The kits were unveiled at an event in London earlier this week, where footballers from both teams – including Nigeria's Kelechi Iheanacho and England's Alex Oxlade-Chamberlain – were on-hand to model the pieces.
Firstly, Nike presented England's home and away kits, as well as a collection of matching tracksuits.
While the shirts feature colours and motifs historically seen on England kits, the designers were keen to update the elements to give them a "modern approach" – doing so through material innovations and the slimline cut of the garment.
Both kits feature the Saint George's cross on the outer back neck, while a rosette is located on the inside.
A custom typeface based on Johnston and Gil Sans fonts was designed for player names, and numbers have been moved from the centre of the shirt to below the crest to make the fabric more breathable.
The home kit follows a classic look, pairing a white shirt with blue shorts – both accented by red trimming.
"The home kit is more traditional, to give the fans what they want, but there was definitely a modern approach to that through the material innovation and the cut of the garment," Hoppins told Dezeen. "It still looks fresh and modern, but it's still traditional."
The away kit features a two-tone red graphic depicting the Saint George's Cross, and the pre-match shirt features a blue and red pattern designed as an ode to the team's 1982 look.
All designs are rooted in Nike's interest in England's youth culture, with the brand aiming to make the kits relevant both on and off the pitch.
"The youth culture movement happening in the UK right now is really connected with fashion, music and football," senior design director Pete Hoppins told Dezeen.
"Football players are also style influencers as well," he added. "As we're designing these kits and collections, we're thinking about how people are going to wear this both on and off the pitch."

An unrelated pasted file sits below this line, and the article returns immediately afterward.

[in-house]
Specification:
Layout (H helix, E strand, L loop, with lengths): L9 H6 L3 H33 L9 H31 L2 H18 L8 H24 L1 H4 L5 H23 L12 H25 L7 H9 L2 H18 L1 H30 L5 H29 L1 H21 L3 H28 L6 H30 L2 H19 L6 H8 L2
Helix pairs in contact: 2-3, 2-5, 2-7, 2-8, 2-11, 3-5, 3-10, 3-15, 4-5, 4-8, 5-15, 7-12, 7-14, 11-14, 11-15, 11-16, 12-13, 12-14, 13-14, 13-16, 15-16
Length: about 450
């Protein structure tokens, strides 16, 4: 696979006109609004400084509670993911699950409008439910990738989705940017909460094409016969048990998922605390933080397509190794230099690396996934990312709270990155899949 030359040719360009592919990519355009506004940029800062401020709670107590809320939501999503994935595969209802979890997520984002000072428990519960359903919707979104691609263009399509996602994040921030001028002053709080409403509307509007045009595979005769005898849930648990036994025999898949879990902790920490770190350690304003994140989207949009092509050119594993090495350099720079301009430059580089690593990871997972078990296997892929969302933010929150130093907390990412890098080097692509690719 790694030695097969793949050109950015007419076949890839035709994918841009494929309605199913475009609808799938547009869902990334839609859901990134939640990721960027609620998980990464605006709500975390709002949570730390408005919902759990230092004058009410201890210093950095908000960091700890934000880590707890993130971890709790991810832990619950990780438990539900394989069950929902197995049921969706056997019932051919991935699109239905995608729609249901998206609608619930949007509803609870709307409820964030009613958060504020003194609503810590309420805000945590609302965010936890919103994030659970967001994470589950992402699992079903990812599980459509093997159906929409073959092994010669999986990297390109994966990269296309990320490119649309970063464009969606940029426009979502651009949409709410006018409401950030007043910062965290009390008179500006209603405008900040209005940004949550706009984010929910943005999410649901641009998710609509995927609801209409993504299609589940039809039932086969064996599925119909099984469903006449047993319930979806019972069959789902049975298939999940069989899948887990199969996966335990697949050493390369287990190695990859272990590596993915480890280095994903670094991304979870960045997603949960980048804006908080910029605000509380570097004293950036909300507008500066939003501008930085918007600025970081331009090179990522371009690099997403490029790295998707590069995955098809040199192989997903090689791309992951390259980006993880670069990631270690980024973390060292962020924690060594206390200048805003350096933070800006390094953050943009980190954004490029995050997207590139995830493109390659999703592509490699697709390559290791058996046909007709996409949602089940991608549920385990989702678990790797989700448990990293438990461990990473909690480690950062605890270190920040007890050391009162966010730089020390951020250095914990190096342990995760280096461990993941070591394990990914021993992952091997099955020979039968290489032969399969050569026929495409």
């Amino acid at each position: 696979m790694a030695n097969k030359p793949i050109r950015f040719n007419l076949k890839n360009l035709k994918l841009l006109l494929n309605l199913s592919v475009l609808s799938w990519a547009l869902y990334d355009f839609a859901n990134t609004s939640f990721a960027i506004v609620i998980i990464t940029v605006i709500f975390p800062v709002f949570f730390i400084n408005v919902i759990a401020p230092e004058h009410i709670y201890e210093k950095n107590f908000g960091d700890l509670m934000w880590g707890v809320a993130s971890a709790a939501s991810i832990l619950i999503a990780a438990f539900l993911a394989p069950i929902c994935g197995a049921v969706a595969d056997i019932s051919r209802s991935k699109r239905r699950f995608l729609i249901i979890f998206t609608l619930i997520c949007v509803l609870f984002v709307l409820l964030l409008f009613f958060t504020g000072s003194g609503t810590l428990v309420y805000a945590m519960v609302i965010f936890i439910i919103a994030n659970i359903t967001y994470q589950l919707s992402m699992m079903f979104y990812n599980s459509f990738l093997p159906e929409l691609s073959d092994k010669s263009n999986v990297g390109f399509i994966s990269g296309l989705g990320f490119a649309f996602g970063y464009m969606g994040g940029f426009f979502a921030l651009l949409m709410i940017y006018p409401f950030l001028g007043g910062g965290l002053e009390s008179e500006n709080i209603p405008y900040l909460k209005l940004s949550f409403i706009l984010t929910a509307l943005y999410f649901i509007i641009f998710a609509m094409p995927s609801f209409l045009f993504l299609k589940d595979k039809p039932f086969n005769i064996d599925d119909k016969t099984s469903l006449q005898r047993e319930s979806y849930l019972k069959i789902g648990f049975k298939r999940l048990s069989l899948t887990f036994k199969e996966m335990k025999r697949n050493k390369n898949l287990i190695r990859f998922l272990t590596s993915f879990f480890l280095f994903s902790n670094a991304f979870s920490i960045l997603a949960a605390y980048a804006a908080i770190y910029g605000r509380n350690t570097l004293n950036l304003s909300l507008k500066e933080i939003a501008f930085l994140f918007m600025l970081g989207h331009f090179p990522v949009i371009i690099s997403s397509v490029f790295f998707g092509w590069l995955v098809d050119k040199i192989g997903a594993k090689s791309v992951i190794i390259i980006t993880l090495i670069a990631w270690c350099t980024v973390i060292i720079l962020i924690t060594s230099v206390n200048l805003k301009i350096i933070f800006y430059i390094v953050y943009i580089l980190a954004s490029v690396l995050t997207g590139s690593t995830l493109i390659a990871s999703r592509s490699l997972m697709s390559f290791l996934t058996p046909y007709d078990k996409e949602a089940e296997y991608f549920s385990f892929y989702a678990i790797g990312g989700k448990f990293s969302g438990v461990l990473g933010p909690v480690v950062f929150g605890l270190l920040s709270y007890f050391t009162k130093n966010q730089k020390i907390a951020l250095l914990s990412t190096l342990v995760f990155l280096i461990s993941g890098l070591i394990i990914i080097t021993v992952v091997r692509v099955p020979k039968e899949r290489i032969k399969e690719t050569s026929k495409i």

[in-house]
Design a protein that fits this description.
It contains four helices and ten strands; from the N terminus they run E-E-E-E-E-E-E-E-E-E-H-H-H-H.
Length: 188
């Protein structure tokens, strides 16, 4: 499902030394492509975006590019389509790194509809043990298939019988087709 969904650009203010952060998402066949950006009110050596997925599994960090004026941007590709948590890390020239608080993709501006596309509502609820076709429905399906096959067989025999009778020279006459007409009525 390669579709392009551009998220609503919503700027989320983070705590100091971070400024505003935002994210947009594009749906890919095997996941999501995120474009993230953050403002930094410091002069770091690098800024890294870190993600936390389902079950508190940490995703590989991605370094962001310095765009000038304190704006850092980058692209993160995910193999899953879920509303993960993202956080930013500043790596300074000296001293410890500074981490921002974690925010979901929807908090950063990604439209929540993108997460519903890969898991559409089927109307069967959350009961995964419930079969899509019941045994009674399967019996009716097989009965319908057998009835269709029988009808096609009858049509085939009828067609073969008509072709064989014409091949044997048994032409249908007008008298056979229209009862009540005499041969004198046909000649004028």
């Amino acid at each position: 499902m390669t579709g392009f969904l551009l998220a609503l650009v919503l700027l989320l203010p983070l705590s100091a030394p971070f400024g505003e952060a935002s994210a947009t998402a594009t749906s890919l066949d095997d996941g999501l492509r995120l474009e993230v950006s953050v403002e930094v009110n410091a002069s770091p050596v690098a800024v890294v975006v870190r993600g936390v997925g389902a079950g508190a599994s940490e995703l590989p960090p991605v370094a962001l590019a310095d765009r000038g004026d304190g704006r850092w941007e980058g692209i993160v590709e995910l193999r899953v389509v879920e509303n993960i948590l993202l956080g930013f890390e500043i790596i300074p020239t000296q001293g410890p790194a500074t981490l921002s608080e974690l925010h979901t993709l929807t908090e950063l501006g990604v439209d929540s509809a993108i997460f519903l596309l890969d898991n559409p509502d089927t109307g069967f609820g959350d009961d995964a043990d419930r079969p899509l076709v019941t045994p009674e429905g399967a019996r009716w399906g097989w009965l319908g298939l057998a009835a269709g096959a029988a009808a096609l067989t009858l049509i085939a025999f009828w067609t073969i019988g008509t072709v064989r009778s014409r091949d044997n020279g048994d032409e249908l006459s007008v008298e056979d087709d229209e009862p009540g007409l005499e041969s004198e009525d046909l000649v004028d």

Nike chose to also unveil Nigeria's kit during the event, based on a resurgence of interest in the country's music scene in the UK.
The designers looked to the country's alternative name, Naija, for inspiration – noting that it translates to "the new Nigeria".
"With Nigeria, we wanted to tap into the attitude of the nation," said Dan Farron, Nike's football design director."We built this kit and collection based on the players' full identities."
"We started to see trends in attitude and energy connecting the athletes to music, fashion and more," he added. "They are part of a resoundingly cool culture."
The home kit is based on the shirt worn by Nigeria first team to qualify for the competition in 1994. Feather-inspired patterns feature across the whole shirt – black and white for the sleeves, and green and white for the torso.
This pattern is also seen on Nigeria's pre-match shirt and training apparel. Super Eagles, the team's nickname, is stretched across the shoulders.
The away kit offers a stripped-back version of its home counterpart and is made from a dark green fabric fearing a bright green crest.
"Overall, the two uniforms form the perfect yin/yang of kits," said Farron. "We counterbalanced the energy of the home with a super-dark deep green away look," explained Farron. "Then we recoloured the crest to be a single colour but lifted it in a really bright green. This gives us a really clean aesthetic."
Both kits were unveiled months ahead of the 21st edition of the FIFA World Cup 2018 tournament, taking place June.
Adidas, the tournament's official sponsor, revealed eight of its team kits last year. Inspired by memorable designs of the past, they included designs for Germany, Spain and Argentina.